Development of advanced biofuels and biomass conversion technolog | 52427
Journal of Fundamentals of Renewable Energy and Applications

Journal of Fundamentals of Renewable Energy and Applications
Open Access

ISSN: 2090-4541

+44 1300 500008

Development of advanced biofuels and biomass conversion technologies at the Joint BioEnergy Institute

International Congress and Expo on Biofuels & Bioenergy

August 25- 27, 2015 Valencia, Spain

Blake A Simmons

Scientific Tracks Abstracts: J Fundam Renewable Energy Appl

Abstract :

Today, carbon-rich fossil fuels, primarily oil, coal and natural gas, provide 85% of the energy consumed in the United States.
Fossil fuel use increases CO2 emissions, increasing the concentration of greenhouse gases and raising the risk of global warming.
The high energy content of liquid hydrocarbon fuels makes them the preferred energy source for all modes of transportation. In
the US alone, transportation consumes around 13.8 million barrels of oil per day and generates over 0.5 gigatons of carbon per
year. This has spurred intense research into alternative, non-fossil energy sources. The DOE-funded Joint BioEnergy Institute
(JBEI) is a partnership between seven leading research institutions (Lawrence Berkeley Lab, Sandia Labs, Lawrence Livermore Lab,
Pacific Northwest National Lab, UC-Berkeley, UC-Davis, and the Carnegie Institute for Science) that is focused on the production
of infrastructure compatible biofuels derived from non-food lignocellulosic biomass. Biomass is a renewable resource that is
potentially carbon-neutral. Plant-derived biomass contains cellulose, which is more difficult to convert to sugars. The development
of cost-effective and energy-efficient processes to transform cellulose and hemicellulose in biomass into fuels is hampered by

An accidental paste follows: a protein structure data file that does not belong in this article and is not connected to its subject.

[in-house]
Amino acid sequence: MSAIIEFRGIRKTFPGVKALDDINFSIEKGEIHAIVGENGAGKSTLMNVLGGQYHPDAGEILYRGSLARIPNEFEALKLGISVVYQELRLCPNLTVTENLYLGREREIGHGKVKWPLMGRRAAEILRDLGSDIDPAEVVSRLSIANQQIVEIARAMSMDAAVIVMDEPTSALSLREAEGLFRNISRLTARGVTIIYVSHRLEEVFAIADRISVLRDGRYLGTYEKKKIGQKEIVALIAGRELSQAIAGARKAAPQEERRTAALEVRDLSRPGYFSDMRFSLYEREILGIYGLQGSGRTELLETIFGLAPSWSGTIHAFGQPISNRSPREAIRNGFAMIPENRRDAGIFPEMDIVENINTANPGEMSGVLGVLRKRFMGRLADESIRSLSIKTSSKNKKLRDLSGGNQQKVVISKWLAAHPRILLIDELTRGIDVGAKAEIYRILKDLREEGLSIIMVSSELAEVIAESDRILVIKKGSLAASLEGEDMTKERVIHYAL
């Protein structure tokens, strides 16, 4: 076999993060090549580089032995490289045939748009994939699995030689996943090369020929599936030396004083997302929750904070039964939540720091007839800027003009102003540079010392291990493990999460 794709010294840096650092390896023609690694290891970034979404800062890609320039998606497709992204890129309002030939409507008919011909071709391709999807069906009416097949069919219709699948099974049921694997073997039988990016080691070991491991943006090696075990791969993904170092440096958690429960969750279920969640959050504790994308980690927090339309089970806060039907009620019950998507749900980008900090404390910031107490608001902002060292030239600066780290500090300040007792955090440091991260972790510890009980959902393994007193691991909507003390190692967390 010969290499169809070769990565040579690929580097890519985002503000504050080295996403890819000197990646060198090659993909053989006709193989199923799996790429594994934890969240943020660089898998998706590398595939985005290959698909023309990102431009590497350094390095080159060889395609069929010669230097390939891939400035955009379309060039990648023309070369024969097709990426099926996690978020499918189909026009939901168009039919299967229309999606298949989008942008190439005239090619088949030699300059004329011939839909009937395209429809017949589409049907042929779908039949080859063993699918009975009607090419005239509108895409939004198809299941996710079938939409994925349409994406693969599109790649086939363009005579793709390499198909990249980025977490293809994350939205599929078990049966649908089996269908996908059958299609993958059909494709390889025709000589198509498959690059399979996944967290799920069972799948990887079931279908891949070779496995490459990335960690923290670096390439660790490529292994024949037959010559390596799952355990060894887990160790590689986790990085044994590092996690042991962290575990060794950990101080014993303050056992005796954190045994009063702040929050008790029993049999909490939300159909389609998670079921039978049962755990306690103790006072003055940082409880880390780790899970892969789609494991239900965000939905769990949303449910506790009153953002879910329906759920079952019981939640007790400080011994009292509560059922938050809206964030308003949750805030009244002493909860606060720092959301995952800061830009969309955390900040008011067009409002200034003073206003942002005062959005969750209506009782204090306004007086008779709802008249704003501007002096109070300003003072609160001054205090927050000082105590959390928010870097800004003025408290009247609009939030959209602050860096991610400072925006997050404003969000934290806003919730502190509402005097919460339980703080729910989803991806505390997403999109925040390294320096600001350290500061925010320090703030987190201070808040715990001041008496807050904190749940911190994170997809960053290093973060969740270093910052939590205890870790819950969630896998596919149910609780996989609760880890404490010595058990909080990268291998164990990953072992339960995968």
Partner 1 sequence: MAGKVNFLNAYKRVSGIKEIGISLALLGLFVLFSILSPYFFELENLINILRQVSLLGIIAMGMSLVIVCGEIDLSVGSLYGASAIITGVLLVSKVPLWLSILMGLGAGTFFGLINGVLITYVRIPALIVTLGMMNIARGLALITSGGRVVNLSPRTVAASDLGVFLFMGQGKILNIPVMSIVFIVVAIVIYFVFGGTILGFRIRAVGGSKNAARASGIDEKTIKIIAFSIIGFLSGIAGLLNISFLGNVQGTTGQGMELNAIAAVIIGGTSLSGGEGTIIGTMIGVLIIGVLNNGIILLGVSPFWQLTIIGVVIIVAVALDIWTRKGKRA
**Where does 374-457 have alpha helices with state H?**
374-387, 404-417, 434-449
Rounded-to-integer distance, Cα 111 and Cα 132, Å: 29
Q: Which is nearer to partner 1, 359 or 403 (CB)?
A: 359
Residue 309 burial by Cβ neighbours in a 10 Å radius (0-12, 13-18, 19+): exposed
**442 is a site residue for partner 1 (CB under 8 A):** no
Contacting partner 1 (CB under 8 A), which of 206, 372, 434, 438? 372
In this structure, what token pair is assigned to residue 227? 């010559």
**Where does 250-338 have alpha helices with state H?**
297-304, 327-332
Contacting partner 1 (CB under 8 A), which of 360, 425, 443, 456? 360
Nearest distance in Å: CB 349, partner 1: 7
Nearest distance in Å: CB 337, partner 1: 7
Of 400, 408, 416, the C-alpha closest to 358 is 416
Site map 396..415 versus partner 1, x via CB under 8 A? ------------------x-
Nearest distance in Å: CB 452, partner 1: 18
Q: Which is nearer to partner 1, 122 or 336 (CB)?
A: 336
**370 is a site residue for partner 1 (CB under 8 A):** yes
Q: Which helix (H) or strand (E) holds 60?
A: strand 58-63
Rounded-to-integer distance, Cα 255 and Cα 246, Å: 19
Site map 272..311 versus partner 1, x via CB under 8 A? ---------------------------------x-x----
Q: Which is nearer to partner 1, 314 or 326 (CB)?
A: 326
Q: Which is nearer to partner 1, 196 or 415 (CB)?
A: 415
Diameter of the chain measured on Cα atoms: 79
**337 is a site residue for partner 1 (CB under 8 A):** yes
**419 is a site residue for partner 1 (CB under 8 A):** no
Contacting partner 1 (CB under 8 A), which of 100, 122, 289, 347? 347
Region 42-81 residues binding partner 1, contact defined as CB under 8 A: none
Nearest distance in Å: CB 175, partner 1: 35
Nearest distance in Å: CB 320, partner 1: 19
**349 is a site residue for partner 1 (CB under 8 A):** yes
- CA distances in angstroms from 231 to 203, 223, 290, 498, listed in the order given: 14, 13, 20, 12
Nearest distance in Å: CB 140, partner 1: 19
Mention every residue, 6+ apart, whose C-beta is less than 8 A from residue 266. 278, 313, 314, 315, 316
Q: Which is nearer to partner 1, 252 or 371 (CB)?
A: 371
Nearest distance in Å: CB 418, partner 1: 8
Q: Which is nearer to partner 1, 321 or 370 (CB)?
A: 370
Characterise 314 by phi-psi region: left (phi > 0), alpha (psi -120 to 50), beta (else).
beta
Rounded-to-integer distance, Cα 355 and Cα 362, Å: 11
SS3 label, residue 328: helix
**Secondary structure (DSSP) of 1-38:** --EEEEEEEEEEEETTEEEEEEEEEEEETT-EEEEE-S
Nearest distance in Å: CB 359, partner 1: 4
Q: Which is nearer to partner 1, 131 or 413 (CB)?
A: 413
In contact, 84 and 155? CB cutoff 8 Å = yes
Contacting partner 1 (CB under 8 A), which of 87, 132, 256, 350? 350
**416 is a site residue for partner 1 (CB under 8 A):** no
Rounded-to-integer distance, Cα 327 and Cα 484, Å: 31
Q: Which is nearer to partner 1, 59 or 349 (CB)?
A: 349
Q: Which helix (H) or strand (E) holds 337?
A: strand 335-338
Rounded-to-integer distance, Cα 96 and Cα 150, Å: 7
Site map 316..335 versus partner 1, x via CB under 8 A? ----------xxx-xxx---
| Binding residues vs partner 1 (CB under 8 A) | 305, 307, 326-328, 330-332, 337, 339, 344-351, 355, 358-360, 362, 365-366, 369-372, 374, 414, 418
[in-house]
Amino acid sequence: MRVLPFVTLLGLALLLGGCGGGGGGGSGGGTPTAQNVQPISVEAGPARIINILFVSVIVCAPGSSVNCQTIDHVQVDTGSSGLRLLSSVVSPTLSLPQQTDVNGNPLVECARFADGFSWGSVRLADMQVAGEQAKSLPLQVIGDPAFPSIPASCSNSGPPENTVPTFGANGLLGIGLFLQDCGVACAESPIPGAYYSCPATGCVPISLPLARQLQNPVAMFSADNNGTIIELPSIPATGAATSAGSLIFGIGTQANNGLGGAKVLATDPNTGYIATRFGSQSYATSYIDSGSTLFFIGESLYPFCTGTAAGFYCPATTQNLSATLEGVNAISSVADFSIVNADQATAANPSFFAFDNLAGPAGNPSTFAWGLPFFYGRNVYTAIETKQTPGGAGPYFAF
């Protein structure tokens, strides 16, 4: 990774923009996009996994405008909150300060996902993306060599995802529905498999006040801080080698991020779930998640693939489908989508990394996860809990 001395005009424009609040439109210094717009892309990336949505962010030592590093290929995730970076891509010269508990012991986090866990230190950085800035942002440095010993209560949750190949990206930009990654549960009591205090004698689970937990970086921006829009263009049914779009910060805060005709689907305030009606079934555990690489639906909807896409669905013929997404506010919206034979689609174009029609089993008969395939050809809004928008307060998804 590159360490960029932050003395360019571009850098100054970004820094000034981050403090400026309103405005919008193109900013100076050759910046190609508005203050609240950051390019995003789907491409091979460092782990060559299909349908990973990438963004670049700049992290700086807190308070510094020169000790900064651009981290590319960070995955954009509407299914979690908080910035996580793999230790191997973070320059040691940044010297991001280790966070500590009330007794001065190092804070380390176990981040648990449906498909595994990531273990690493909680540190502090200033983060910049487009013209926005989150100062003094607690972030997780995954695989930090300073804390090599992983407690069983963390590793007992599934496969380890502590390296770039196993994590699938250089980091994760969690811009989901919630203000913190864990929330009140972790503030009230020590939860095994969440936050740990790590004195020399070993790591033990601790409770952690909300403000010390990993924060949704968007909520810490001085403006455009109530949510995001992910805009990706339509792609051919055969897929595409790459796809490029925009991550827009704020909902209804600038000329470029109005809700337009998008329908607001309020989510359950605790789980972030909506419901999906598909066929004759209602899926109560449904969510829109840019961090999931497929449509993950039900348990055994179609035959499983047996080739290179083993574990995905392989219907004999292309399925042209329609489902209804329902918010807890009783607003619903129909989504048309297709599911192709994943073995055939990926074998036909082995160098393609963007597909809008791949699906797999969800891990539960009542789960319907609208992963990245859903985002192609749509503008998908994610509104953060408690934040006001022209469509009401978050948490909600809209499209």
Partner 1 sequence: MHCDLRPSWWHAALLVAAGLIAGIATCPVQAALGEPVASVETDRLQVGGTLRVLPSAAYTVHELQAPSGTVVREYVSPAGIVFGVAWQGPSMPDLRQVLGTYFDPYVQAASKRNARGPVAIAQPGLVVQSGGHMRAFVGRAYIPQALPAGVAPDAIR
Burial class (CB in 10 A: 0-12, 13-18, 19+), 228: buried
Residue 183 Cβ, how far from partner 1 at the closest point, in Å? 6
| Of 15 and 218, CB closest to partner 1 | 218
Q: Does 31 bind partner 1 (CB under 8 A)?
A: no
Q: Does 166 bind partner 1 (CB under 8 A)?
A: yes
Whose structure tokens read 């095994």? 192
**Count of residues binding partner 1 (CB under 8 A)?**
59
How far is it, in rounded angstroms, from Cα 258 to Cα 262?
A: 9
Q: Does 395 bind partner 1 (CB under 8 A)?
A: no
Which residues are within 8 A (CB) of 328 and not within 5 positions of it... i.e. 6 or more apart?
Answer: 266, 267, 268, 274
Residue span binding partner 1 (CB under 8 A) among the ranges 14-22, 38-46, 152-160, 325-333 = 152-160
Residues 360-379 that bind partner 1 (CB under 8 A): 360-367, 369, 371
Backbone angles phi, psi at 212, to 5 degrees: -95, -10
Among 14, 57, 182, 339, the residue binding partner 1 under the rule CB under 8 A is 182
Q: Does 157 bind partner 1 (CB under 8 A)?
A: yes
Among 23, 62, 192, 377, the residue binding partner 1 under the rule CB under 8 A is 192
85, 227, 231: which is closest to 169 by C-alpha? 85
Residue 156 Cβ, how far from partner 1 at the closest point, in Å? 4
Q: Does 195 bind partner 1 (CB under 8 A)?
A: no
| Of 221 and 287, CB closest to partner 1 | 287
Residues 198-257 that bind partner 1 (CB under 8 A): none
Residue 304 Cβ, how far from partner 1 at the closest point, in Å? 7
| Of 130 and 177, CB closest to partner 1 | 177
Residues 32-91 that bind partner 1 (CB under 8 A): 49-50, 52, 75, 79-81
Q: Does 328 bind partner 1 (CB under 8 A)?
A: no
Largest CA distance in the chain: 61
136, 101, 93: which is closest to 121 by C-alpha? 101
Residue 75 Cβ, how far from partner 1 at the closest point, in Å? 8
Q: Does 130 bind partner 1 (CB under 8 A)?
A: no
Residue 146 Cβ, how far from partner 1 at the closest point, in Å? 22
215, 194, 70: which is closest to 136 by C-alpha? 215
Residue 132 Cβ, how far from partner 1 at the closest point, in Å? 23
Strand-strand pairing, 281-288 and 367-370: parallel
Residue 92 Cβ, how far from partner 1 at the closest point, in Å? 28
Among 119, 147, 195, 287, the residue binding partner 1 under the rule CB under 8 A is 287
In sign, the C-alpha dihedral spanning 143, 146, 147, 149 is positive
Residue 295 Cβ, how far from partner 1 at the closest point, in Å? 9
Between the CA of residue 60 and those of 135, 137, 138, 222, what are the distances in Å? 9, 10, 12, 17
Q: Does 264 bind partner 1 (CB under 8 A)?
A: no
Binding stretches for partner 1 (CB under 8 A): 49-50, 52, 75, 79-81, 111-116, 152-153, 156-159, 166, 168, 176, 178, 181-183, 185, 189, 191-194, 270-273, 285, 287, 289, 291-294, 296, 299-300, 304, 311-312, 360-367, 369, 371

significant roadblocks, including the lack of specifically developed energy crops, the difficulty in separating biomass components,
low activity of enzymes used to hydrolyze polysaccharides, and the inhibitory effect of fuels and processing byproducts on the
organisms responsible for producing fuels from monomeric sugars. This presentation will highlight the research efforts underway
at JBEI to overcome these obstacles, with a particular focus on the development of an ionic liquid pretreatment technology for the
efficient production of monomeric sugars from biomass.

Biography :

Dr. Simmons joined Sandia National Laboratories in 2001 as a Senior Member of the Technical Staff, serving as a member of the Materials Chemistry Department.
He participated on and led a variety of projects, including the development of cleavable surfactants, enzyme engineering for biofuel cells, microfluidics, and the
synthesis of silicate nanomaterials. He was promoted to Manager of the Energy Systems Department in 2006. The primary focus of the department was the
development of novel materials-based solutions to meet the nation’s growing energy demands. He is one of the principal co-investigators of the Joint BioEnergy
Institute (JBEI,, a $259M, ten-year DOE funded project tasked with the development and realization of next-generation biofuels produced from nonfood
crops. He is currently serving as the Chief Science and Technology Officer and Vice-President of the Deconstruction Division at JBEI, where he leads a team
of 43 researchers working on advanced methods of liberating fermentable sugars and lignin from lignocellulosic biomass. He is also the Senior Manager of Biofuels
and Biomaterials Science and Technology at Sandia, where he also serves as the Biomass Program Manager. He has over 220 publications, book chapters, and
patents. His work has been featured in the New York Times, the Wall Street Journal, the San Francisco Chronicle, and the KQED televised science program Quest.